A young woman (Stanley Timberlake) dumps her fiancée (Craig Fleming) and runs off with her sister's (Roy Timberlake) husband (Peter Kingsmill). They marry, settle in Baltimore, and Stanley ... See full summary »
Olivia de Havilland,
Nan Reynolds encourages her copywriter husband Bill to open his own agency. Nearly out of business, he finally gets a client. Former girlfriend Patricia Berkeley writes a very successful ... See full summary »
Robert will do anything to get the big account that has eluded him. His public relations business makes public angels of rich scoundrels. Jean needs someone to save the paper and she wants ... See full summary »
Olivia de Havilland,
Spinster poetess Susan Grieve lives in a Manhattan apartment where naval hero Slick Novak comes with her for a nightcap. Next morning they visit her Connecticut farm where Novak tells her ... See full summary »
Renowned stage actors Basil Underwood and Joyce Arden are partners on and off the stage. An occupational hazard for Basil is that women often fall in love with what they see of him on the stage, he who sometimes indulges that adoration. Basil and Joyce's personal life is passionate and tempestuous characterized by constant fighting and making up, which is often continued on-stage under their breaths. After their latest fight and reconciliation, they decide to get married... for the twelfth time. They are determined to make it to the altar this time. But Basil feels he needs to wipe clean the slate first by doing a favor for a stranger, Henry Grant, whose fiancée has fallen in love with him. With his latest script in hand, Basil vows to make Henry's fiancée fall out of love with him by playing the cad. He finds that it may be more difficult than he first imagined when he finds out that the woman in question is Marcia West, the young woman who professed her love to him earlier in the ... Written by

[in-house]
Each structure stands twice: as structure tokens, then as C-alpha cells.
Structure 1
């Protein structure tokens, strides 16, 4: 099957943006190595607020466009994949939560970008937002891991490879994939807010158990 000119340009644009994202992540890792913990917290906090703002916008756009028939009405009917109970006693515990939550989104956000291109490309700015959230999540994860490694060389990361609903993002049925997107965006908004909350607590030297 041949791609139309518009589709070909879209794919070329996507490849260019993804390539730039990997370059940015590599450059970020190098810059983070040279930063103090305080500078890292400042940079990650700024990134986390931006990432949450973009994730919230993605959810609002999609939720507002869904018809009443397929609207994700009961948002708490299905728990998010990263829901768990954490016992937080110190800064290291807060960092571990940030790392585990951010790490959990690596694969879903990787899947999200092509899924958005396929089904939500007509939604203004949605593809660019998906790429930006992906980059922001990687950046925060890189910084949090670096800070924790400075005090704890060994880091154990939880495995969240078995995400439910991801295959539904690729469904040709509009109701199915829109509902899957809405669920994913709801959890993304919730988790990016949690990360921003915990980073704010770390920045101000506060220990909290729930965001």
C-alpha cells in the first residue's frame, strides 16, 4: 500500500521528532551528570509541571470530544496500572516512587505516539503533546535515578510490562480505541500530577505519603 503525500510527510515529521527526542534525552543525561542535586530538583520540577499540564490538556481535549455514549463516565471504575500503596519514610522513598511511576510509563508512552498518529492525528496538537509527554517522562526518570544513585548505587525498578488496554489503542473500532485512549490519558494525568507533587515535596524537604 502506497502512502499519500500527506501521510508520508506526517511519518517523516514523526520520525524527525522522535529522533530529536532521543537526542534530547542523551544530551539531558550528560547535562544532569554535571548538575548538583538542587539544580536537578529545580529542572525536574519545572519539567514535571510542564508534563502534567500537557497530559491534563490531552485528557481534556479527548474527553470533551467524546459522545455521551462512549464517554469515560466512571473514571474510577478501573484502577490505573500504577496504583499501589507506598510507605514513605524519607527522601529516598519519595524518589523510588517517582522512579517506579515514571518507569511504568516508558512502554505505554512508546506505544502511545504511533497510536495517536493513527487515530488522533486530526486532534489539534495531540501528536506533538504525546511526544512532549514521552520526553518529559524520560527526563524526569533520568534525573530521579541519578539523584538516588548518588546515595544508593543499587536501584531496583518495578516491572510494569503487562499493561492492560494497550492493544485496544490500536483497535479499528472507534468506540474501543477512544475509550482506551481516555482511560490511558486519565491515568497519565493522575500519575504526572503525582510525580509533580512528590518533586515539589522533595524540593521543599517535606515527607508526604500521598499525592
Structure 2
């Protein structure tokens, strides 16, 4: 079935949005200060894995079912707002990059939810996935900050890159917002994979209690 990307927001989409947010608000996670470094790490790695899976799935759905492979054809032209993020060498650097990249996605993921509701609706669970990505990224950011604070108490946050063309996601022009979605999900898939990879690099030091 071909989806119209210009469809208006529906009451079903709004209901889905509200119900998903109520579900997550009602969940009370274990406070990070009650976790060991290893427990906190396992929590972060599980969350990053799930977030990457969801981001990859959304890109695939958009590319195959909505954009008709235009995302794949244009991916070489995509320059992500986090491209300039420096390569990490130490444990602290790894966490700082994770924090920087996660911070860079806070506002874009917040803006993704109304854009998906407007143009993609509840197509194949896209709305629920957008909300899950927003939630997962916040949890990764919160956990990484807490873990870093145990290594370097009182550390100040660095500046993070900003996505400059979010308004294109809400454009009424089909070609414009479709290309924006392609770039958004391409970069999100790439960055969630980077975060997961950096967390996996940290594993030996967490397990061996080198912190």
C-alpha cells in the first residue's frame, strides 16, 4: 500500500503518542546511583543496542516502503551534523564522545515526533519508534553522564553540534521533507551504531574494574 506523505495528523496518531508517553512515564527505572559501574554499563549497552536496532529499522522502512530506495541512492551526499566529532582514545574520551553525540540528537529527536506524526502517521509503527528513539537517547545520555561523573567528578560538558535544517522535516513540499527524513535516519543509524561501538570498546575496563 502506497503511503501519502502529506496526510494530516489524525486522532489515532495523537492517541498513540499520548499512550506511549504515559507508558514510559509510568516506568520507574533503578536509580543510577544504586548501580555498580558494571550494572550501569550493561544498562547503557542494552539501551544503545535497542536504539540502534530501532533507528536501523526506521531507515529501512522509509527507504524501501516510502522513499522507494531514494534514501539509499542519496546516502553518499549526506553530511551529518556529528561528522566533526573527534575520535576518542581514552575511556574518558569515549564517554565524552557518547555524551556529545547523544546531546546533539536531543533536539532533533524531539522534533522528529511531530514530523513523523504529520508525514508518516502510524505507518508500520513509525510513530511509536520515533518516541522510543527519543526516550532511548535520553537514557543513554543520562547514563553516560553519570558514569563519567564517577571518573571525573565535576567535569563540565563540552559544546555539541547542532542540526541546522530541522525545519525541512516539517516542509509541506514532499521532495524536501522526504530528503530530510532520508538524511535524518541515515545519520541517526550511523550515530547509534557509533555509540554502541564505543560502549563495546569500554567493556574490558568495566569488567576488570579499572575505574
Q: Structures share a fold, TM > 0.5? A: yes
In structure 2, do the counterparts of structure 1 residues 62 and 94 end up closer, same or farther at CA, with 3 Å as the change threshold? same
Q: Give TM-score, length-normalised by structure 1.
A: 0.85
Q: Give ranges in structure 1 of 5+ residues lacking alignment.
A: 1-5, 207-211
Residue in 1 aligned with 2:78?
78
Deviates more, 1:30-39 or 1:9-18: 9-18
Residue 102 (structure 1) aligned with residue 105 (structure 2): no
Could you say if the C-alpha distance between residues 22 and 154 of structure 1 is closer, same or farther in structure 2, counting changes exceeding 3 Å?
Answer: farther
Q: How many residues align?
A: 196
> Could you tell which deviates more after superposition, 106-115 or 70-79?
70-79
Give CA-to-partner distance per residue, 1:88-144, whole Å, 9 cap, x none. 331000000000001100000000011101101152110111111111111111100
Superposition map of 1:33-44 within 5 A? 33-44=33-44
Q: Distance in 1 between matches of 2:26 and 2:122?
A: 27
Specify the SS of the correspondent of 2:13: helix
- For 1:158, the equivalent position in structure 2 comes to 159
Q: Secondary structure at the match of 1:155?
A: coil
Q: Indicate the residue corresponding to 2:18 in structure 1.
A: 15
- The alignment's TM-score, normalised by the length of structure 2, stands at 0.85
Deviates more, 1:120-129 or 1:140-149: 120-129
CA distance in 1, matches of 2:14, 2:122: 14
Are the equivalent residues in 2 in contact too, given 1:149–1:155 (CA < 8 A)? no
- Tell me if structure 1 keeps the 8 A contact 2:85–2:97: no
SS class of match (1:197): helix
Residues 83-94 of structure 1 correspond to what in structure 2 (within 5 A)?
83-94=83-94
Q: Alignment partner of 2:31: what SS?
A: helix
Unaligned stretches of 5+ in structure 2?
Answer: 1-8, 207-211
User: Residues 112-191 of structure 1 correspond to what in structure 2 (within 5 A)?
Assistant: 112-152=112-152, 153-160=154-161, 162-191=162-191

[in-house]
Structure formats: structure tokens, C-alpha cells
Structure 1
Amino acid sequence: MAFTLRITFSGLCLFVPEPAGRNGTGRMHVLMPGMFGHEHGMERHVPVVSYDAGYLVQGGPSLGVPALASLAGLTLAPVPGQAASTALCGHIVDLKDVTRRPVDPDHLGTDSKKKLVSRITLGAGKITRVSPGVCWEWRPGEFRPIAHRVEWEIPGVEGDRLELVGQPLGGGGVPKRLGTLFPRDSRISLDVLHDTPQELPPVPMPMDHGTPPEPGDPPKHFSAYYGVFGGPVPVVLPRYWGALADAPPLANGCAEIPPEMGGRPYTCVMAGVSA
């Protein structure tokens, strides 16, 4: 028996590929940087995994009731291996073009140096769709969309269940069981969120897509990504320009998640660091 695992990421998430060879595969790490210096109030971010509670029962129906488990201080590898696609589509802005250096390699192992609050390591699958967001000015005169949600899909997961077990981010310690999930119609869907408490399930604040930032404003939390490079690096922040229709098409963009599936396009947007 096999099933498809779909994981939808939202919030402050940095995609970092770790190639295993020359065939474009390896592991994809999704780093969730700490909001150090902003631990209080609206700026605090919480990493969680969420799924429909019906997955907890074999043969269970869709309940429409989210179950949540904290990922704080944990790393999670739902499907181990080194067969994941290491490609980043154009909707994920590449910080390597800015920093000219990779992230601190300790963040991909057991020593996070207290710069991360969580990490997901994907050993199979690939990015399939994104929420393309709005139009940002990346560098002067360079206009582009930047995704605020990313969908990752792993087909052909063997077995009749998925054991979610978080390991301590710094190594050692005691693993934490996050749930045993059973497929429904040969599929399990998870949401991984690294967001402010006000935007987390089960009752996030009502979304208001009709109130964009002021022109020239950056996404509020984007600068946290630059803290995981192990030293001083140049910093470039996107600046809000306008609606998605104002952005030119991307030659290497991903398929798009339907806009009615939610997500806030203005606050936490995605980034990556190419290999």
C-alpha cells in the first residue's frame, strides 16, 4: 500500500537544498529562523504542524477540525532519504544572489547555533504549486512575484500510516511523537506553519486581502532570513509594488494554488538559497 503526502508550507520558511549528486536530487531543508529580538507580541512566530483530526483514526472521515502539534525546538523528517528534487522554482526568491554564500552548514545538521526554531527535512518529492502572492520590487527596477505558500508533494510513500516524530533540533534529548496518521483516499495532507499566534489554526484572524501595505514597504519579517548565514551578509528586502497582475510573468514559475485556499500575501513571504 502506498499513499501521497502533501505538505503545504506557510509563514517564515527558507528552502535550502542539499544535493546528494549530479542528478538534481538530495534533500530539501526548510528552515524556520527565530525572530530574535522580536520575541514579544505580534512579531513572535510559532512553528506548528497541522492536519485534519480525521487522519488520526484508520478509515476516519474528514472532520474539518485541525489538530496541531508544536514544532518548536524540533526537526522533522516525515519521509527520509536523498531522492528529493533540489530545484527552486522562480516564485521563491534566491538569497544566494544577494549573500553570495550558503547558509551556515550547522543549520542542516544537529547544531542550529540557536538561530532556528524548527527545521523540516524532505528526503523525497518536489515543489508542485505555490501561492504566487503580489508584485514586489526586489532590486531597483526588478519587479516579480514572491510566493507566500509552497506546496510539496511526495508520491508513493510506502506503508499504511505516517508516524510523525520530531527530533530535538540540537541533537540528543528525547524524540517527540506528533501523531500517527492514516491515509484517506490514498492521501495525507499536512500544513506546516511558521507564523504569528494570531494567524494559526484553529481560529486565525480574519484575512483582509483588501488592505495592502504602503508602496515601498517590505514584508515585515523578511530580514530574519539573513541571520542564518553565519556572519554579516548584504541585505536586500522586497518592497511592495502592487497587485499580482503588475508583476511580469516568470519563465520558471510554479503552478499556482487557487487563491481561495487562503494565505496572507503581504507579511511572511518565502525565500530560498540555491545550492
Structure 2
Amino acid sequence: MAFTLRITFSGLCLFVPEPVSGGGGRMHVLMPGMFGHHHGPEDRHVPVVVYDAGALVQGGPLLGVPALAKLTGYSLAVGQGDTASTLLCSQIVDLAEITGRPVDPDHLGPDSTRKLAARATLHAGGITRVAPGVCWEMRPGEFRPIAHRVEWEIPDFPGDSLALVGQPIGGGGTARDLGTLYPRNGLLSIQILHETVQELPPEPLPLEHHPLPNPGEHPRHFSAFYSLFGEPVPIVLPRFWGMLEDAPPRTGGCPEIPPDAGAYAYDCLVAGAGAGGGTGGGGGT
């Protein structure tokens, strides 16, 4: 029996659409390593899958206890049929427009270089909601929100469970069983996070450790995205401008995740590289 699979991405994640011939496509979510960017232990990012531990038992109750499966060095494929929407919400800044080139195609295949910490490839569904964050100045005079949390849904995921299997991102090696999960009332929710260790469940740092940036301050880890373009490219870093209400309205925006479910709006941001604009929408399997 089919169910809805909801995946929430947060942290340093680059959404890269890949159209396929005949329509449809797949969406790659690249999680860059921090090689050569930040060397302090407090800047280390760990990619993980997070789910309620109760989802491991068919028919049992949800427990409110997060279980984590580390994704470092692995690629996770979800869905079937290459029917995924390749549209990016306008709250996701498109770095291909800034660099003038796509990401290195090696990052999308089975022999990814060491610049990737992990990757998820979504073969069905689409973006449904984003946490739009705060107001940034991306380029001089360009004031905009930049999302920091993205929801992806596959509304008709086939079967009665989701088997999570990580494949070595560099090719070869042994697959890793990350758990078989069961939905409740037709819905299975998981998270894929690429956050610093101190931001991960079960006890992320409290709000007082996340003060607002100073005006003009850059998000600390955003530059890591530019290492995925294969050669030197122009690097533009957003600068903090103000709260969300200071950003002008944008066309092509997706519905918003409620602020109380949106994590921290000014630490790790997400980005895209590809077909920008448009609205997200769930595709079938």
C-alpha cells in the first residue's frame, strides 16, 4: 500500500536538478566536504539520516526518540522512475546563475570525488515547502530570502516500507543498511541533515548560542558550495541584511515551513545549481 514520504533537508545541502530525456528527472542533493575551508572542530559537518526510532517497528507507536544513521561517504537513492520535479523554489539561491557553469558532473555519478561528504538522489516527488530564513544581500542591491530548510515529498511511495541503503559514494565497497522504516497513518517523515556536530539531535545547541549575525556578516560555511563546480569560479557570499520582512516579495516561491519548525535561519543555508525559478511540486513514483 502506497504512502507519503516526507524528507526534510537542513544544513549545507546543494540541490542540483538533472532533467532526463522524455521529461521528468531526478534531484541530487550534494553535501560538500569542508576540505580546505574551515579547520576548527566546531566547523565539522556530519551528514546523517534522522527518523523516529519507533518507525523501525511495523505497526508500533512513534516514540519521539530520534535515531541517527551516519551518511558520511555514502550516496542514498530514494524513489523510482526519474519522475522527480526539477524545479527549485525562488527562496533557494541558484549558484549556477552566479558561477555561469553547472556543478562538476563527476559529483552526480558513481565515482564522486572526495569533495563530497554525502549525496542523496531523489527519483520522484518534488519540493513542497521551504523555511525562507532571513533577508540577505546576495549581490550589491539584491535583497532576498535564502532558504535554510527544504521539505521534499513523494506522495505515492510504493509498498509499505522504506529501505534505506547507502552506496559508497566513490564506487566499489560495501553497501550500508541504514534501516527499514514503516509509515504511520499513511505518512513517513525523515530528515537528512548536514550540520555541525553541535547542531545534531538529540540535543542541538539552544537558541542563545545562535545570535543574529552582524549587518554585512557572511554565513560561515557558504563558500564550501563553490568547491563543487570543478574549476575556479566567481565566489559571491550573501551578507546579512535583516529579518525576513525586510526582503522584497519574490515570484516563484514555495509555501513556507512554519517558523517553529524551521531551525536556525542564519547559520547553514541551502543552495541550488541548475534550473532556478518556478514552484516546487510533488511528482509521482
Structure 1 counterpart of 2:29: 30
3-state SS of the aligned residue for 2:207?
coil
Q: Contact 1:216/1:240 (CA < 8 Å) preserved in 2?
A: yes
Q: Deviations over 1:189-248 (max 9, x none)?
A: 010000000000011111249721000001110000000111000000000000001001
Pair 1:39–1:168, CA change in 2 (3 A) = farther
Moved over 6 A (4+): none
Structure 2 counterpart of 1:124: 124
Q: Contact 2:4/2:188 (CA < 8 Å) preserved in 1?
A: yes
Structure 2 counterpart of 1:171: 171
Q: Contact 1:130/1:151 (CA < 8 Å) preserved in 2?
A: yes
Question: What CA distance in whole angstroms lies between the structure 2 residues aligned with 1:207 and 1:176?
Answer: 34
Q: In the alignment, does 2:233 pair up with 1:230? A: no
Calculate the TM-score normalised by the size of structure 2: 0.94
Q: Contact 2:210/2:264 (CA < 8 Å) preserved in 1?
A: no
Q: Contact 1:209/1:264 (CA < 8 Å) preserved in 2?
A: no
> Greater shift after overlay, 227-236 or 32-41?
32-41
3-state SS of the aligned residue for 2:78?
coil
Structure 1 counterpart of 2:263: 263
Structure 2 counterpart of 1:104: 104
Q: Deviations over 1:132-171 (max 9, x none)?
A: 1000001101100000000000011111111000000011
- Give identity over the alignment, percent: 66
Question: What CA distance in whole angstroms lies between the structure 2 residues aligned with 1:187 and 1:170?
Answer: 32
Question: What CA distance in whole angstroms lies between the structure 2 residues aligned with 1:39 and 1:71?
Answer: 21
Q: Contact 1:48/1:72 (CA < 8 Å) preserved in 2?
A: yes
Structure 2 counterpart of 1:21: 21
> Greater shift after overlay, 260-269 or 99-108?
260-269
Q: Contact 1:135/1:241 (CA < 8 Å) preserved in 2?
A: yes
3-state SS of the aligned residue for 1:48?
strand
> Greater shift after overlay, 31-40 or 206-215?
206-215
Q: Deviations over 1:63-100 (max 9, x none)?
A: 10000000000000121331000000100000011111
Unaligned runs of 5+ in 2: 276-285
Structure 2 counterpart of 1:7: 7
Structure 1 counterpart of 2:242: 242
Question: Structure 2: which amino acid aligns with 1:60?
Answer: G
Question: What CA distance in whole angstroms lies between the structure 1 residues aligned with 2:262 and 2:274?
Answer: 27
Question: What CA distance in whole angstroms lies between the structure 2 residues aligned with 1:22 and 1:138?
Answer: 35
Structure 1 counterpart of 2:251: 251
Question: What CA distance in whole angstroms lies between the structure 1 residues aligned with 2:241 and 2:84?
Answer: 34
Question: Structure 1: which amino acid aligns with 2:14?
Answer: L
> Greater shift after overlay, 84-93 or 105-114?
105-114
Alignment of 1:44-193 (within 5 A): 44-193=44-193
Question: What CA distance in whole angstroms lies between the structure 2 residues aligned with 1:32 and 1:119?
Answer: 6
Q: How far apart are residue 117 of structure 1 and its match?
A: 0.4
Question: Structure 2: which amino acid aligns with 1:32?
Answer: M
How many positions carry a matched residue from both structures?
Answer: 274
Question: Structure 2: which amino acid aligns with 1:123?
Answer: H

The screenplay was originally titled, "Gentleman after midnight." See more »
After Basil ties (off camera) his ascot before breakfast, the tie's spots are showing. Immediately after, same scene, the tie has stripes. Then, in the third scene immediately following, the tie again shows spots. See more »
This Aunt Ella Paisley!
[Grabbing his hand]
Oh, Mr. Underwood! That hand! That Hand! That love line, and that mound of Venus. You'll be married once. Heaven help the poor girl, the lucky thing.
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It's Love I'm After (Archie Mayo, 1937) is just a delight, an incredibly well-written screwball comedy that keeps the expertly-crafted witticisms flying thick and fast. Given the wrong material or the wrong direction, Leslie Howard could appear unbearably smug, but here he gets the role of a lifetime - and makes the most of it. He's a conceited ham, with two eyes for the ladies, who spends most of his time off-stage (and some of it on) warring with thespian girlfriend Bette Davis. Resolving one day to turn over not just a new leaf, but a whole book of them, he's forced to play the last word in unthinking bounders to disillusion the fiancée (Olivia de Havilland) of an old friend's son. It's a great set up: a reformed character having to appear even more reprehensible than before in order to do the decent thing, and it's developed in consistently surprising, imaginative ways.
And then there's the cast. Howard is flawless as the conceited, confused, compromised, increasingly desperate cad - who has more than a little of John Barrymore about him - with Davis giving her best comedic performance as his long-suffering lover, who packs an explosive temper. De Havilland is perfectly cast, both cloying and appealing as the starstruck girl who'll excuse anything her rambunctious idol does, while Eric Blore excels as Howard's valet and co-conspirator. Blore, one of the great supporting comics, is great in everything, but I've never seen him as funny as here. Displaying his customary lack of vanity and willingness to do anything for a laugh, he spends most of one scene making ridiculous bird noises and another displacing his silly toupee. Blore also gets the best line of the film, responding to Bonnie Granville's cry of "I know something you don't know" with one of the funniest, most petulant one-liners I've ever heard.
Drawing on Shakespeare to gets both its pathos and its laughs, in the vein of To Be or Not to Be and Withnail & I, It's Love I'm After is streets ahead of most other golden era comedies: intelligent, romantic and uproariously funny, eliciting the particular buzz that comes with watching something that's clearly very special.
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